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With 15,000 system users and over 3,000 connected forwarders, CHAMP transmits an impressive 300 million electronic exchanges and 20 million shipments annually. “Our two main business areas are management systems for handling all air cargo operations and messaging systems for air cargo handling,” says Head of Innovation Lucas Fernandez. “We currently have a market share of 25% for management systems and 50% for messaging.” A spin-off from Europe’s biggest all-cargo airline Cargolux, the company, which was created in 2004, employs around 450 people.

Harnessing the power of data

Lucas Fernandez, CHAMP, is developing data-driven cargo solutionsCHAMP’s systems generate enormous amounts of data. “Every time an event occurs in the supply chain – for instance, when freight is loaded onto an aircraft – a message is logged in our system,” exemplifies Mr Fernandez. In the mid-2010s, the company started working on a brand new “open cargo platform” using innovative technologies to be able to better manage and process all this data. Developed at the Luxembourg headquarters, the project benefits from European R&D funding obtained with the help of the national innovation agency, Luxinnovation.

A data lake is also under creation. “Our idea is to centralise all data entering our system in one place so that we can improve the business intelligence services we provide to our clients. Benefiting from the ‘Luxembourg effect’ of a close-knit business community, we are working together with the local Microsoft office that is very supportive of our business.”

We are exploring machine learning in the field of customs management, for example to automate the labelling and declaration of goods for our customers.

Over the past three years, the work to transform the data collected has intensified. “We are exploring machine learning in the field of customs management, for example to automate the labelling and declaration of goods for our customers,” explains Mr Fernandez. “We use artificial intelligence to recognise the type of goods concerned and to guide users through the procedures.”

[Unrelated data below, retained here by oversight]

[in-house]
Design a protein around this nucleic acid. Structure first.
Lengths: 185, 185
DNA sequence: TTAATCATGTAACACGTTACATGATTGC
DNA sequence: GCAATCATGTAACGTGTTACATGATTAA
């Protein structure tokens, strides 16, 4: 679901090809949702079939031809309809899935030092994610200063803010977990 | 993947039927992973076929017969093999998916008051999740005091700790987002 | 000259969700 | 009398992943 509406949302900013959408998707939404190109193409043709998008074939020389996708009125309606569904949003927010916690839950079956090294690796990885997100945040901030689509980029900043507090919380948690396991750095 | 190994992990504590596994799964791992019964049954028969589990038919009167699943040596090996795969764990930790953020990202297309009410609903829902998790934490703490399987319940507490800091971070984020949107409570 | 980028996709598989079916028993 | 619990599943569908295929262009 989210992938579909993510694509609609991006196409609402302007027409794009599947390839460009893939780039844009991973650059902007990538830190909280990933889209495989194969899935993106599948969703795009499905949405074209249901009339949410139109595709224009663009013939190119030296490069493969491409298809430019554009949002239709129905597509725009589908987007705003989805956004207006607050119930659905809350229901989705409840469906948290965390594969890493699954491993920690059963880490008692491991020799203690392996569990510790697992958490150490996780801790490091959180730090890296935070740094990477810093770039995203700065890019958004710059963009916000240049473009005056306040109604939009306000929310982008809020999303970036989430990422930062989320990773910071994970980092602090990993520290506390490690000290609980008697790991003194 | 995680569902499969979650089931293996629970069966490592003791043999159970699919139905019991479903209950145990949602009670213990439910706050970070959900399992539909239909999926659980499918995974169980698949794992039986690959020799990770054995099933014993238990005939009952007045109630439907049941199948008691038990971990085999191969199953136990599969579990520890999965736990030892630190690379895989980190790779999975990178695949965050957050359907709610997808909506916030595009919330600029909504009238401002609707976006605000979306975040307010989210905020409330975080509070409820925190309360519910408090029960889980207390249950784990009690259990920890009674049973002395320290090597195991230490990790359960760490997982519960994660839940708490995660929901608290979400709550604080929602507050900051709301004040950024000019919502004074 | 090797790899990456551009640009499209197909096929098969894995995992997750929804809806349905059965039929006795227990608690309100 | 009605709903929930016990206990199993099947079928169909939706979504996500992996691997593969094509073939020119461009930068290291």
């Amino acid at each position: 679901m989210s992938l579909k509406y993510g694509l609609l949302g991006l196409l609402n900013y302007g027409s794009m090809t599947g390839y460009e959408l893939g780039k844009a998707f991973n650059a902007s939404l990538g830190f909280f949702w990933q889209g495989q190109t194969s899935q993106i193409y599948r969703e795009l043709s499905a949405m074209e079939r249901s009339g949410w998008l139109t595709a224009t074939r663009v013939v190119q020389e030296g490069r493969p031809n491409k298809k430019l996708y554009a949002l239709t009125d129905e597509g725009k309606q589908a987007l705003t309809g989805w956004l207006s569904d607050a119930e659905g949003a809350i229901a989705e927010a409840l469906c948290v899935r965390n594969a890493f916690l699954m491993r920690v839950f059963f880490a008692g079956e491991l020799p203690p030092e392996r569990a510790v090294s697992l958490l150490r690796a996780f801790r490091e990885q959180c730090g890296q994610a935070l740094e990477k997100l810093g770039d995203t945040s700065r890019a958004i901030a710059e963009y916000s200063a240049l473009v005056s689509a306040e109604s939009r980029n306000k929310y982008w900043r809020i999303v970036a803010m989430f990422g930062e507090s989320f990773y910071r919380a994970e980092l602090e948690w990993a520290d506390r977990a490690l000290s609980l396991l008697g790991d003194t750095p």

Poor data quality sometimes blocks the supply chain automation. Machine learning is deployed to extract and clean up data from the huge quantities of paperwork that is still used in the cargo industry and digitise it as soon as it enters the supply chain. The solutions that CHAMP is currently developing will come to market soon.

Open for cooperation

CHAMP has an open innovation approach and works both with start-ups and academic institutions. A cooperation with the University of Luxembourg’s Centre for Logistics and Supply Chain Management, aimed at finding new ways to explore and treat data, is under discussion. A team of students from the Luxembourg branch of Sacred Heart University also works with the company each year to analyse how the available data could be used to create new products.

One of the big advantages of being in Luxembourg is the support the government provides to companies, offering better and more dynamic resources to help businesses like CHAMP succeed.

“Our open attitude, which also extends to other IT solutions, makes us stand out from our competitors,” confirms Mr Fernandez. “We offer a range of APIs in order to help our customers better interconnect their IT systems. This enables stakeholders to make direct connections using their existing systems so that data can flow seamlessly across the air cargo supply chain.”

He welcomes Luxembourg’s investments into the data economy, such as the newly launched high performance computer. “This creates opportunities, and I’m right now exploring ideas for how we could benefit from it. One of the big advantages of being in Luxembourg is the support the government provides to companies, offering better and more dynamic resources to help businesses like CHAMP succeed. The government works to establish ecosystems including all the necessary elements for creating new products. This generates meaningful new business.”

Photo: © Luxinnovation/Marion Dessard

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